Hargrove, Thrift set agenda for spring

With most roles set, O's to focus on preparation

February 17, 2000|By Joe Strauss | Joe Strauss,SUN STAFF

FORT LAUDERDALE, Fla. -- Sounding a little tired and a little relieved, Mike Hargrove and Syd Thrift emerged yesterday from the last of three days of meetings at Fort Lauderdale Stadium.

This morning, instead of discussing the strengths, weaknesses and physical condition of their 40-man roster and 14 non-roster invitees, the Orioles' new manager and new vice president of baseball operations will welcome pitchers and catchers to a camp supposedly low on suspense but long on discovery. Little time will be devoted to wasted motion.

Thrift promises greater emphasis on conditioning and preparation, and the club plans today to announce a modified structure of Hargrove's coaching staff. Hargrove intends to begin meeting with those players he hasn't spoke to since being hired in November.

"I can say this about Mike: He knows exactly what he wants to do for every segment of the day," Thrift said. "I think it's very positive. I call it `a plan.' "

Hargrove discussed his philosophies regarding everything from tactics to team discipline during the meetings. Thrift presented a sort of report card for each player. Thrift, Hargrove, his coaching staff and other club executives will assess development and conditioning.

"The good news is you have a new manager, new coaches -- they've only seen them from the other side. It's kind of an evaluation, a prescription and an analysis," Thrift said.

Sammy Ellis will introduce himself this morning to his new staff. Ellis becomes the Orioles' seventh pitching coach in as many years, but as former Seattle Mariners pitching coach and former coordinator of pitching for the Cincinnati Reds, he already is familiar with many, especially left-handed reliever B. J. Ryan, acquired from the Reds last July.

"I'm not taking any unusual approach to it," Ellis said. "They've been pitching a long time and I've been coaching a long time. I've done the research I've needed to do. We've had our meetings for three days. Now we go out and watch them throw and observe how they work."

Hargrove offers no pretense about holding a wide-open camp. The only suspense likely will center on who occupies the final spot in the starting rotation and the bullpen, and whether Hargrove remains true to instincts that have traditionally caused him to carry 12 pitchers on Opening Day.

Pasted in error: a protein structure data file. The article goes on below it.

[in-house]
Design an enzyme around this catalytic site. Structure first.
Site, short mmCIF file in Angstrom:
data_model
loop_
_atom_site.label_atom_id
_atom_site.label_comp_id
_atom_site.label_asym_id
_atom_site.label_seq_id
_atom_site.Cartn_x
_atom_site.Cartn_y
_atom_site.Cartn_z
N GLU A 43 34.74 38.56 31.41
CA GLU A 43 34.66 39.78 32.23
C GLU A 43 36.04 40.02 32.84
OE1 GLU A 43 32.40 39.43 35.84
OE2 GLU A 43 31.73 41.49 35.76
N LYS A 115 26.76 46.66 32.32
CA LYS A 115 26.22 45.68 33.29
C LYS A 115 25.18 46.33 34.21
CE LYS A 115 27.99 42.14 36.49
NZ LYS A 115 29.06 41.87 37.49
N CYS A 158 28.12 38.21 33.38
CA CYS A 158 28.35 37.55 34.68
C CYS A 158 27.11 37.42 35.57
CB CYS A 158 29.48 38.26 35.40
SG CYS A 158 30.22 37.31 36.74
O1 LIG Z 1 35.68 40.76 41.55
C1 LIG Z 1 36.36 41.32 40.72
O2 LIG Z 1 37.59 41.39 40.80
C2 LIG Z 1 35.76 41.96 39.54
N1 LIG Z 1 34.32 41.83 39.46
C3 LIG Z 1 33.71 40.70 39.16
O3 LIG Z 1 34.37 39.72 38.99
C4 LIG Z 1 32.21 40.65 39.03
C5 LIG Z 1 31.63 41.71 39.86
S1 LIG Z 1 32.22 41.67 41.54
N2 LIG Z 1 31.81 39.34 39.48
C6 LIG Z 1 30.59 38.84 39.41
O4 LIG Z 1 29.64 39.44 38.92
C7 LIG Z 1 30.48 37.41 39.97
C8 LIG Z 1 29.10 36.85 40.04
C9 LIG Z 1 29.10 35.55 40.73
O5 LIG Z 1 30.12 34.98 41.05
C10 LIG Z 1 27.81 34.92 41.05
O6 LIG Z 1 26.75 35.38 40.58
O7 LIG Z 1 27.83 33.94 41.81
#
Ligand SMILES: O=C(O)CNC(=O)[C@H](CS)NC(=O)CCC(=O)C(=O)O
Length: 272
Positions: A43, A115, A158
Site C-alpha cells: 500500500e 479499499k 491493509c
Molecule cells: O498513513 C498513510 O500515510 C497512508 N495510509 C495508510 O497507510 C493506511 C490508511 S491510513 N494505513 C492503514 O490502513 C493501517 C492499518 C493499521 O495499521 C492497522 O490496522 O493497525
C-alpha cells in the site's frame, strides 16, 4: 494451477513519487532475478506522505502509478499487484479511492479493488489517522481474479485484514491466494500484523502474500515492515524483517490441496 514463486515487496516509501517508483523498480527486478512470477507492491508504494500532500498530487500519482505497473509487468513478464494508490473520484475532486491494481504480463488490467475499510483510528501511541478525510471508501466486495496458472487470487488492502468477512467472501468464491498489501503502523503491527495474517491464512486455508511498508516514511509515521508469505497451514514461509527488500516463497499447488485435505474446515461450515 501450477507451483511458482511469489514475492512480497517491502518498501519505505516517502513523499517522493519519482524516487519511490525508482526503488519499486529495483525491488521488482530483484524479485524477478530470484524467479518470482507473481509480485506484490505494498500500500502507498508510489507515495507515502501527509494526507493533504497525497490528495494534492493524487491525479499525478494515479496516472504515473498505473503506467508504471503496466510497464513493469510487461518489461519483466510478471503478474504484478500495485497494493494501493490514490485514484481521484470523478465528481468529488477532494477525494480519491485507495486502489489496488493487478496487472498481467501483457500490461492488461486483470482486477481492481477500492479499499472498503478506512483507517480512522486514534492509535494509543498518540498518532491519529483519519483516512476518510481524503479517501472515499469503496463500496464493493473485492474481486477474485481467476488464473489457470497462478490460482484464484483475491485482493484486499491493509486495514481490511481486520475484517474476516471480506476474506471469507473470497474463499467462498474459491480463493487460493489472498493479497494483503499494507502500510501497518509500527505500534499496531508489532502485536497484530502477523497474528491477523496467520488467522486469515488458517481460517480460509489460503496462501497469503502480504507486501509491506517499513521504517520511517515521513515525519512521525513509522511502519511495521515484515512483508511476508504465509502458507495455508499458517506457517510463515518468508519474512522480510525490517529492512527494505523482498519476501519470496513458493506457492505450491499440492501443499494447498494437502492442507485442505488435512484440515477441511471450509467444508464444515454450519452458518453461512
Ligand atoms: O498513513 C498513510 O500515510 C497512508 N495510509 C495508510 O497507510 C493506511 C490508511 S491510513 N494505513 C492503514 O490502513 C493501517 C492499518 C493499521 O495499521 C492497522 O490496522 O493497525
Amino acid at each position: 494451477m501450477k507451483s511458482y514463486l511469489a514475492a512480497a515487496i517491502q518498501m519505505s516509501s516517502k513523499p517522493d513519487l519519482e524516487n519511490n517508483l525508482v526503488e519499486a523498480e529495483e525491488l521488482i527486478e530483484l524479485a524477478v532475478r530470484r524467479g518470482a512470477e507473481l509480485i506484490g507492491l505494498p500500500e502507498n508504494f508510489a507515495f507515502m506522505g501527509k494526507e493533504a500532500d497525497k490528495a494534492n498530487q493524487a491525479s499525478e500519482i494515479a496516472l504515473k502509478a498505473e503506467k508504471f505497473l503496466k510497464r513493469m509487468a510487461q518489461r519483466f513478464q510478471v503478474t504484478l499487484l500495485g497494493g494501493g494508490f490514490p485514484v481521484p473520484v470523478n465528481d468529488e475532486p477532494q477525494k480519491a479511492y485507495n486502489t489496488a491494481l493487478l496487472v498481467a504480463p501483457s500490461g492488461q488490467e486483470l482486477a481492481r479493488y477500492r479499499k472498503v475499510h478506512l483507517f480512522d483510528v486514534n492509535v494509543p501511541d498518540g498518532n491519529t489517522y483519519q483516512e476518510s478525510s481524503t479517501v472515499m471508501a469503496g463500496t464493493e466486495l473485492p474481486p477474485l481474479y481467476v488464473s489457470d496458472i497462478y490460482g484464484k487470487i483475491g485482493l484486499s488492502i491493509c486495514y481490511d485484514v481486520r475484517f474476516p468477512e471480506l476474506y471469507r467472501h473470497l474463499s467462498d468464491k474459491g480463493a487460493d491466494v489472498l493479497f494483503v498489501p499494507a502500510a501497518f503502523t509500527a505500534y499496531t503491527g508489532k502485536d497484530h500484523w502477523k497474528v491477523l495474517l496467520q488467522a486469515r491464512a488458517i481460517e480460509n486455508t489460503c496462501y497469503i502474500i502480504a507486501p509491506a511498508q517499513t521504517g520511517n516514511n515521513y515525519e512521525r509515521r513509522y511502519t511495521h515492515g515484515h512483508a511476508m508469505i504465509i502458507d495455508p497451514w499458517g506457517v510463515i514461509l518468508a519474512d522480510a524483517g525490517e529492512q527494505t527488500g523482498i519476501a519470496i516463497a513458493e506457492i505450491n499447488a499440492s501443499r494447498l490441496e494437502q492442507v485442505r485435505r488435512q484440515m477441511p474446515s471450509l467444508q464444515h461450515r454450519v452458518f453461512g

"On paper, you can come up with a good, solid 11. The 12th is still up in the air. And you present it that way," Hargrove said. "[But] I'm not going to say the 12 spots are locked up. I don't believe that There are spots in the rotation and bullpen that are legitimately open. How many? I can't tell you right now."

Just as Ellis follows Bruce Kison and Hargrove succeeds Ray Miller, Thrift represents visible change. Viewed with suspicion by first-year general manager Frank Wren, Thrift was exiled last year to West Palm Beach, Fla., where he served as a de facto scout. With Wren's ouster, Thrift ascended to the organization's most visible decision-making position.

"It requires more time and more days," Thrift said. "Some nights you work until midnight. Some things you try but you keep on going. It never ends. There's no perfect team. But you're always striving for it. How can we get better? What can we do to improve ourselves?"

First, however, comes a matter of contractual housekeeping.

Catcher Charles Johnson, a resident of nearby Pembroke Pines, is expected to report today but may be excused tomorrow to attend his arbitration hearing in Tampa.

Johnson is seeking $5.1 million; the Orioles have offered $4.6 million. If no compromise can be reached beforehand, the club and the four-time Gold Glove catcher will face off for the second time since Johnson was acquired for closer Armando Benitez in a December 1998 three-team trade.

The Orioles beat Johnson last spring, as he received a $3.6 million salary instead of his $5.1 million bid. Citing the development of former first-round draft choice Jayson Werth, Thrift confirmed last week that the team has no intention to open negotiations with Johnson on a contract extension before the end of spring training. Johnson is eligible for free agency after the 2000 season.

Johnson's agent, Scott Boras, said last night that a hearing now appears inevitable despite the relatively small difference between the two positions.

"The club has told me they want no part of a settlement and we're going to hearing," Boras said. "I told [Thrift] we'd be more than amicable to getting something done, but they want to go to hearing. I've told them we think there's ground for settlement but they let me know they don't want to make any offers."

Thrift said the club will announce today its designation of a "working coach" who will not be in uniform during games.

Hargrove's seven-man coaching staff is one more than allowed by Major League Baseball. Since the hiring of Ellis, Jeff Newman and Brian Graham, the Orioles have hedged on the role of Eddie Murray, who served as bench coach under Miller.

"It's a new creation," said Thrift, who had discussed the arrangement with Hargrove and the staff for the past two weeks. "I've told people before we're going to try to maximize the abilities of the people here."

Sun staff writer Roch Kubatko contributed to this article.

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